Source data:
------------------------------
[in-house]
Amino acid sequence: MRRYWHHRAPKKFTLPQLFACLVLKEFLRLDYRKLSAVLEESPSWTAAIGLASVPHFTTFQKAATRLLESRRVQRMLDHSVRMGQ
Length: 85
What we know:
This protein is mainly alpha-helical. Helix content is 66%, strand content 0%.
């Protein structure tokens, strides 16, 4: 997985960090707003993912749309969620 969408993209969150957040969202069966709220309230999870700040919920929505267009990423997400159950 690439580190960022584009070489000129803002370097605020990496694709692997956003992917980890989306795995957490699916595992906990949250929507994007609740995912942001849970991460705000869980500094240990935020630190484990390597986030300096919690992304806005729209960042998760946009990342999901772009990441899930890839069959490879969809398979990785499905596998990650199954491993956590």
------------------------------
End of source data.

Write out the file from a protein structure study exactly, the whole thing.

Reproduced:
[in-house]
Amino acid sequence: MRRYWHHRAPKKFTLPQLFACLVLKEFLRLDYRKLSAVLEESPSWTAAIGLASVPHFTTFQKAATRLLESRRVQRMLDHSVRMGQ
Length: 85
What we know:
This protein is mainly alpha-helical. Helix content is 66%, strand content 0%.
């Protein structure tokens, strides 16, 4: 997985960090707003993912749309969620 969408993209969150957040969202069966709220309230999870700040919920929505267009990423997400159950 690439580190960022584009070489000129803002370097605020990496694709692997956003992917980890989306795995957490699916595992906990949250929507994007609740995912942001849970991460705000869980500094240990935020630190484990390597986030300096919690992304806005729209960042998760946009990342999901772009990441899930890839069959490879969809398979990785499905596998990650199954491993956590």